If you include all the hand stitches, sewing machine utility stitches, sewing machine decorative stitches, serger stitches, and industrial manufacturing stitches, you have a bunch of stitches. On a moderately priced home sewing machine you will find twenty to two hundred different stitches plus variations in stitch length and stitch width as well as stretch factors. A top quality home sewing machine will have eight hundred to a thousand different stitches.
There are several distinctly different types of sewing machines and each type uses slightly different systems to select and form stitches. 96 Mechanical sewing machines are the least expensive sewing machines and use the most primitive technologies. An AC electric motor turns a belt which turns the upper sewing machine shaft. The upper shaft transfers the mechanical energy along the shaft past the cam system to the needle system.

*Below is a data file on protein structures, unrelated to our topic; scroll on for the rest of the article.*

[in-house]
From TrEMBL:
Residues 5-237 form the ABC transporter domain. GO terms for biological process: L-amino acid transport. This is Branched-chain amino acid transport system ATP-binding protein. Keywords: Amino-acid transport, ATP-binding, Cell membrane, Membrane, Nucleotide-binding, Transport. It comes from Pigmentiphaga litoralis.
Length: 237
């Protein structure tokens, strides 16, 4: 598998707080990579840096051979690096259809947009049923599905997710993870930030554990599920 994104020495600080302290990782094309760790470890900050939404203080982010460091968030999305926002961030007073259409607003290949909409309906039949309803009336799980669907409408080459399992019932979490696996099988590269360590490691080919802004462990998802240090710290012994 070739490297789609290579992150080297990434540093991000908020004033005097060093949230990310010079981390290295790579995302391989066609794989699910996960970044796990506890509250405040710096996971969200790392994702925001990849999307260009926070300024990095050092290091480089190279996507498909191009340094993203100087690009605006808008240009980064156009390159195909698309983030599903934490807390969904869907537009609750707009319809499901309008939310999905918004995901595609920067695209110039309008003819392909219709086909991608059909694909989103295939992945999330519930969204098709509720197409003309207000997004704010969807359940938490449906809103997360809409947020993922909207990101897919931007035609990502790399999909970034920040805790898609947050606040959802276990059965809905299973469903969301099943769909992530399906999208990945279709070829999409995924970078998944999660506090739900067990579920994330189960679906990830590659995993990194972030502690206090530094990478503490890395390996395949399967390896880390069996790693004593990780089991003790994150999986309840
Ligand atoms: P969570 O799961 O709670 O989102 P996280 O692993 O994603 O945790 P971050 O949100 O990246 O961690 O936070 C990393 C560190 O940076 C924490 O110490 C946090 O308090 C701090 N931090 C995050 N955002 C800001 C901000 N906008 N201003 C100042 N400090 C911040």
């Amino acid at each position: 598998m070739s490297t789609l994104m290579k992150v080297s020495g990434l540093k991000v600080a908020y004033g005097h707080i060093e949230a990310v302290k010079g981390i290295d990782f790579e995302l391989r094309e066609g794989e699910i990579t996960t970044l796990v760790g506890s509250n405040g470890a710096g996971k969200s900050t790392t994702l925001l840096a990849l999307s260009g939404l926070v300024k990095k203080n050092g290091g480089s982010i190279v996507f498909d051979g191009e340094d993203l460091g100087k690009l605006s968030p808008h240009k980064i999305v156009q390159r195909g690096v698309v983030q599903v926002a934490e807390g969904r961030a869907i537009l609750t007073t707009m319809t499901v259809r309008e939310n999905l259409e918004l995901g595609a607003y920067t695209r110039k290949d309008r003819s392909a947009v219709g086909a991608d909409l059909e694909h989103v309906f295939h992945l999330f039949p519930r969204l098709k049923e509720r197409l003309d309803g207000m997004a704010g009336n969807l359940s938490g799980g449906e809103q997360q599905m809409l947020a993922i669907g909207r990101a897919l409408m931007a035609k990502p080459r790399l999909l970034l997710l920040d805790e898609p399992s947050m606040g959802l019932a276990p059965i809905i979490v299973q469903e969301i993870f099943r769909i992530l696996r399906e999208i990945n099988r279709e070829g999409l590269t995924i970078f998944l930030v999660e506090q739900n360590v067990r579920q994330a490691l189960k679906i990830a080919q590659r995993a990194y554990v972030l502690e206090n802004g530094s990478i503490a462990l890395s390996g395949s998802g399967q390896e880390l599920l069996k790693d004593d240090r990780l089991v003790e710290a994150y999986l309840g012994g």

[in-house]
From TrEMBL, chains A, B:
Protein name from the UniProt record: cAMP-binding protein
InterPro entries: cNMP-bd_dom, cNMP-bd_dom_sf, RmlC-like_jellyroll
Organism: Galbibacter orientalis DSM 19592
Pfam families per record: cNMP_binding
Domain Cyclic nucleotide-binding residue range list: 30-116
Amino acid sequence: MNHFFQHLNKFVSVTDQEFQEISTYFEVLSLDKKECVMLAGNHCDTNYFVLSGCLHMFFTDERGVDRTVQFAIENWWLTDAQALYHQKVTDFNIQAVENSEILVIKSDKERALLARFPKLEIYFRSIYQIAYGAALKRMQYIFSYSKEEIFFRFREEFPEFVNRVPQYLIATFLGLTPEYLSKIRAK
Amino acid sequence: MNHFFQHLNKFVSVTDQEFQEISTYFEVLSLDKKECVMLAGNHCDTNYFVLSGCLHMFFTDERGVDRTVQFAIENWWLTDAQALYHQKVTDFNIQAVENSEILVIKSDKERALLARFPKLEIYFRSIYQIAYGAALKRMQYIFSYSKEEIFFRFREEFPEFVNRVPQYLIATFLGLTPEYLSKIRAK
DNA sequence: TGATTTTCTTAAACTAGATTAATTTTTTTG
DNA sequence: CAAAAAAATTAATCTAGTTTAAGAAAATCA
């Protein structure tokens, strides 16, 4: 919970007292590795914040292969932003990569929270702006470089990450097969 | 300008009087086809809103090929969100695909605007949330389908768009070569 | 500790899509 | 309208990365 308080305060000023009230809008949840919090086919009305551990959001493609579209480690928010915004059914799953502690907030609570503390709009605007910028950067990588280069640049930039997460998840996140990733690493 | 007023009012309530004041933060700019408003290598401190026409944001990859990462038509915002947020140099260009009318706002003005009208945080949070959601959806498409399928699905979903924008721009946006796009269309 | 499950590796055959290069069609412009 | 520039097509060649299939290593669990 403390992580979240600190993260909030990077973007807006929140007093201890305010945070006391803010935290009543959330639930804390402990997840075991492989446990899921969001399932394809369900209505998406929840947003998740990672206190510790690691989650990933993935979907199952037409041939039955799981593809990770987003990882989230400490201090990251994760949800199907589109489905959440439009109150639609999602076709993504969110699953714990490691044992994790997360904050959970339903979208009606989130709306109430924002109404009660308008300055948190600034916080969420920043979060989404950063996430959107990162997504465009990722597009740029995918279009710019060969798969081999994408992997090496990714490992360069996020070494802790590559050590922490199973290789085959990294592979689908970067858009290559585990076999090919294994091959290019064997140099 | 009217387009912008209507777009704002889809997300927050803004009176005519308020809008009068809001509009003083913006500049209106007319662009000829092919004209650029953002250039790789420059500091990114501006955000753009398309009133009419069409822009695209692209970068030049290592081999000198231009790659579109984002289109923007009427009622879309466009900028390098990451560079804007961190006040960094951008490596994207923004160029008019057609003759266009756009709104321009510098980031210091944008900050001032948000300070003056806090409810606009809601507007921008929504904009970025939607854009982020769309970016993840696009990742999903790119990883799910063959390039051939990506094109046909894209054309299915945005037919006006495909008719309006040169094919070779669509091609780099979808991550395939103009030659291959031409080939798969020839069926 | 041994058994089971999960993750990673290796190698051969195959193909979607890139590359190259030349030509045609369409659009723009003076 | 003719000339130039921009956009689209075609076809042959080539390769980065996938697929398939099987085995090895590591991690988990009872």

A lever on a parabola connection transfers the mechanical movement down to the lower sewing machine shaft which may be split into a dual lower shaft one to drive the hook and a second to drive the feed dogs. Stitches are formed in a mechanical machine by aligning cam trackers (levers that rub against a cam gear with bumps and shallows) with the cam gear so that when the cam gear moved the tracker lever will bounce back and forth.
This movement is then transferred by lever to the needle assembly moving the needle bar back and forth and up and down to form the desired stitches. The alignment of the cam trackers is achieved by use of levers, buttons, or dials protruding on the top or face of the sewing machine. The user moves the stitch selector to the proper position, and the trackers line up to form that stitch. Additional dials or levers are used to adjust the stitch length and stitch width.